Purchase this article with an account.
Scott W. McPherson, Neal Heuss, Ute Lehmann, Dale S. Gregerson; Origin and Antigen Presentation Function of Retinal Dendritic Cells. Invest. Ophthalmol. Vis. Sci. 2011;52(14):2304.
Download citation file:
© ARVO (1962-2015); The Authors (2016-present)
Previously, we showed that the quiescent retina contains a small number of dendritic cells (DC) that are highly responsive to retinal injury. The purpose of this study is to determine the origin of these retinal DC and to determine if they possess the ability to present antigen typically associated with DC.
CD11c-DTR mice, which expressed both green fluorescent protein (GFP) and diptheria toxin (Dtx) under control of the CD11c promoter, were used to visualize or deplete DC. Upregulation of retinal DC was done by optic nerve crush (ONC) injury. DC origin studies were done using radiation bone marrow chimeras (RBMC) between wild type and CD11c-DTR mice. Whole retinas were flat-mounted and examined by fluorescence microscopy. The ability of retinal DC to induce regulatory T cells (Tregs) or effector T cells was assayed using T cells from FoxP3DTR-BG2 mice (a CD4+ TCR transgenic specific for beta-galactosidase expressing GFP and Dtx on FoxP3+ cells).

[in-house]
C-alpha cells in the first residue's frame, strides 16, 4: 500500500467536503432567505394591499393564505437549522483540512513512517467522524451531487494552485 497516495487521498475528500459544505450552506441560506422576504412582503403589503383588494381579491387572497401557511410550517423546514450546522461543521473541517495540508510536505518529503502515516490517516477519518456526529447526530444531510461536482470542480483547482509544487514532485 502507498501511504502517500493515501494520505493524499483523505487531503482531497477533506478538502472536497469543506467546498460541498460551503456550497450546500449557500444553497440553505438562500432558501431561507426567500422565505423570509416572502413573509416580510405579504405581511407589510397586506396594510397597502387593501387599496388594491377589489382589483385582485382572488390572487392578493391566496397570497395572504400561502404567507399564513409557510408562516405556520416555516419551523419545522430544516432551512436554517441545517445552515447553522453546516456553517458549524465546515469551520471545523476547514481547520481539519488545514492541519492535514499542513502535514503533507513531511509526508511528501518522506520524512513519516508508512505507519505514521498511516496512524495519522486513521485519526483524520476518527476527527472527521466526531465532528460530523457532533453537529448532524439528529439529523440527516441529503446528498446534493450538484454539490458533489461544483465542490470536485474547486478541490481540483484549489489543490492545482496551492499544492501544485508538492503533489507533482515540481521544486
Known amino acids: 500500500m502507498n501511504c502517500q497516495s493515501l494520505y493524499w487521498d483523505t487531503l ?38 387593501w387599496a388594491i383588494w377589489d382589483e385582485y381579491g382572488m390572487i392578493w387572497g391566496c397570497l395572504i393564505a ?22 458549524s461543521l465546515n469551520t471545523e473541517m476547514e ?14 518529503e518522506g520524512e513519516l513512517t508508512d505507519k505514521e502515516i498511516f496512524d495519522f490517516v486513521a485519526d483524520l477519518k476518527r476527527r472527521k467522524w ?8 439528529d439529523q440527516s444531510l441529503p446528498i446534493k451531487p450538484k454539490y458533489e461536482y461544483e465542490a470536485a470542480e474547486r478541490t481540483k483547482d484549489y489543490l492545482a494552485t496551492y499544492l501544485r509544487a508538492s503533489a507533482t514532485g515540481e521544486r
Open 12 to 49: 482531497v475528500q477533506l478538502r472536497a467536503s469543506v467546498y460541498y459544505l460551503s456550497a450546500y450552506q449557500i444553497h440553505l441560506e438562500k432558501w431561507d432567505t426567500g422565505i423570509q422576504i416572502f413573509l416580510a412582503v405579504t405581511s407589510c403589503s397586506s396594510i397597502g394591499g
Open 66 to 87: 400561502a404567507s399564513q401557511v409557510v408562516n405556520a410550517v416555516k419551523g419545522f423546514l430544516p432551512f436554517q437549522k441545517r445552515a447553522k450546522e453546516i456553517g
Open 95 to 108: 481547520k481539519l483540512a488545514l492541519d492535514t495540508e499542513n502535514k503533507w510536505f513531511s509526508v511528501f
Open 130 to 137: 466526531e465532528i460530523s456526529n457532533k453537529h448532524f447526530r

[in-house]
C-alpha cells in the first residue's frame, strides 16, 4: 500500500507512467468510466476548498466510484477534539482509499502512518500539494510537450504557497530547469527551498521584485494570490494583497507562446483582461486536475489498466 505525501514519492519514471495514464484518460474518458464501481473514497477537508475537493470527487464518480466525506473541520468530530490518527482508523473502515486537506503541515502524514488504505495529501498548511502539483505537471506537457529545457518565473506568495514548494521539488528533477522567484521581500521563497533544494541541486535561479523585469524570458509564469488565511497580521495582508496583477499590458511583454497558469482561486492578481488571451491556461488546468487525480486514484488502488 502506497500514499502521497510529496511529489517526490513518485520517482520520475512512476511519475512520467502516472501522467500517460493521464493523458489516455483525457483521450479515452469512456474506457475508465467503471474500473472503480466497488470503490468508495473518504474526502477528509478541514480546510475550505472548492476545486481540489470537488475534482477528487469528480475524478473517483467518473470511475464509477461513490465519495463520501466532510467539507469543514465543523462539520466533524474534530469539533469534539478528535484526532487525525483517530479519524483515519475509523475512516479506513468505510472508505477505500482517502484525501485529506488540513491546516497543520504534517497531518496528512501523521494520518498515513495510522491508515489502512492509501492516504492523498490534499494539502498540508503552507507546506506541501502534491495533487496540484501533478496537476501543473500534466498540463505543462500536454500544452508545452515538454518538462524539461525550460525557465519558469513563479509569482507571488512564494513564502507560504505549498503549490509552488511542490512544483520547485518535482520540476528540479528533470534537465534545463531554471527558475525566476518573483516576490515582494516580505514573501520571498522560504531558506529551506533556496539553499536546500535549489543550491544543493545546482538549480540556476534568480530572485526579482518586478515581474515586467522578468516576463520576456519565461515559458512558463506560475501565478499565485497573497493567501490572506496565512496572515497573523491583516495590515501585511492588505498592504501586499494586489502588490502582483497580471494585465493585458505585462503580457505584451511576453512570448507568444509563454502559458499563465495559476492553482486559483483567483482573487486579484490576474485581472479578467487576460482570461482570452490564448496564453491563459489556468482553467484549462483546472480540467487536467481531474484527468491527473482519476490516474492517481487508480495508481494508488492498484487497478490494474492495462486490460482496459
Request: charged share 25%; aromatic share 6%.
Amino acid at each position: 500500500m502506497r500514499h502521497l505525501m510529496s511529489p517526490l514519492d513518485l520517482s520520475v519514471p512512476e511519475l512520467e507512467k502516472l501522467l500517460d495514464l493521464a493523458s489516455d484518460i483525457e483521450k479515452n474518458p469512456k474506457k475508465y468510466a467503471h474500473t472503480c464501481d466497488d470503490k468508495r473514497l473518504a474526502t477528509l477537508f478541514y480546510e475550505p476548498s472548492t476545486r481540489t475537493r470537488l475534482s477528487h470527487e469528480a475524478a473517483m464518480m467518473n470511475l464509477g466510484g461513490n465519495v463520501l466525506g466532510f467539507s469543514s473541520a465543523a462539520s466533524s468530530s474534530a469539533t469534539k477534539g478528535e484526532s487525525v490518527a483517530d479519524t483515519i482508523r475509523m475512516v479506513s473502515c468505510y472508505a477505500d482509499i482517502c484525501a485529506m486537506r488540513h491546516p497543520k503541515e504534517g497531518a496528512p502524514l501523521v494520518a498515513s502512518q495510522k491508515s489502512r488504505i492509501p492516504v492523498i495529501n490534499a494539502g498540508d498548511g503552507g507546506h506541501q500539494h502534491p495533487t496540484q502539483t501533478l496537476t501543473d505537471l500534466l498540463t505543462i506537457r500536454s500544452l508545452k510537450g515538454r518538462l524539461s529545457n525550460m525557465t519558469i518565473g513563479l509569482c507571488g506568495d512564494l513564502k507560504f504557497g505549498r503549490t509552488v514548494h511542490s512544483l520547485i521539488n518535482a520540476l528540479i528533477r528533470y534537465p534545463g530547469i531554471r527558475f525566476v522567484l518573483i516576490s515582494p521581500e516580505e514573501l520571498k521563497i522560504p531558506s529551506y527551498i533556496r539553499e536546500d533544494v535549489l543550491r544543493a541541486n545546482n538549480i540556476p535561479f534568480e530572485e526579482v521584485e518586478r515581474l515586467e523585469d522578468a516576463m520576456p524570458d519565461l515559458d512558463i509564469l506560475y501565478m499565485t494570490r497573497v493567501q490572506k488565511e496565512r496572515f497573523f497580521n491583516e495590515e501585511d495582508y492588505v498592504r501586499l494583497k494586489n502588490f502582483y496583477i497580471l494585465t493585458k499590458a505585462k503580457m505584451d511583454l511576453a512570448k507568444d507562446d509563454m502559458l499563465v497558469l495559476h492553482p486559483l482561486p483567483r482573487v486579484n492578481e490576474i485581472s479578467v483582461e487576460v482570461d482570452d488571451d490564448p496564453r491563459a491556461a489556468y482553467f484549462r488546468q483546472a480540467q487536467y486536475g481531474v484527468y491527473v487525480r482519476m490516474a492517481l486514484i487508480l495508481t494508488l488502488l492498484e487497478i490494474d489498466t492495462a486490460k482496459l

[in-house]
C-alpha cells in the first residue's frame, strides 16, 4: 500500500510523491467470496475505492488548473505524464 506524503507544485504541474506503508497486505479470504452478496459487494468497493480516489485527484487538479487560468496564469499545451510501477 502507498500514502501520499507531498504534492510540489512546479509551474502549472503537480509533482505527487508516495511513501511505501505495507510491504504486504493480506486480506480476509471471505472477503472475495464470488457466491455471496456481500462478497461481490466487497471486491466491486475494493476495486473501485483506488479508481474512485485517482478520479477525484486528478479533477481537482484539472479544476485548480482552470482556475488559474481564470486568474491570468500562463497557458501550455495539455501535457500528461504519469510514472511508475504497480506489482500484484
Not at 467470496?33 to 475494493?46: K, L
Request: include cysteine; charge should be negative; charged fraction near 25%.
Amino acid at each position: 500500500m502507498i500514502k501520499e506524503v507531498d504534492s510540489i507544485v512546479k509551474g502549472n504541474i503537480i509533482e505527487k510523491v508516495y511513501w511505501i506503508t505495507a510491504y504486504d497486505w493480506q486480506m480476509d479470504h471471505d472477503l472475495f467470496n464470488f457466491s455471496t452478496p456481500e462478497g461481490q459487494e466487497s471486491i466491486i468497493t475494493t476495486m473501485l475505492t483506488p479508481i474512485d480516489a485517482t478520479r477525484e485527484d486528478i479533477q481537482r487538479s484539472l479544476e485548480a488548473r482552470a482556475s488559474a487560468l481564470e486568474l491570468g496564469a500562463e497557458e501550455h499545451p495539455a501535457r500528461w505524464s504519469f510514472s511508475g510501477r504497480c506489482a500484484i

RBMC studies combined with fluorescence microscopy showed that retinal DC could be derived from both local hematopoietic progenitor cells and from circulating CD45+ myeloid precursor cells. However, retinal injury was required for the efficient recruitment of cells from the circulation. Microglia isolated from quiescent and injured retinas could not be induced to express CD11c when cultured with INF-g and GM-CFS. DC (CD11c+) cells isolated from quiescent retinas had greater ability to induce Tregs, while DC from injured retinas induced T cell proliferation and activation compared to CD11c- cells or CD11c+ cells from quiescent retinas.
These results support our earlier findings that the retina contains a population of DC that are distinct from microglia and are the cells that respond to retinal injury. Further, the ability to stimulate both Tregs and effector T cells suggests that retinal DC are likely involved in the immune responses associated with neuroprotection and neurodegeneration.
This PDF is available to Subscribers Only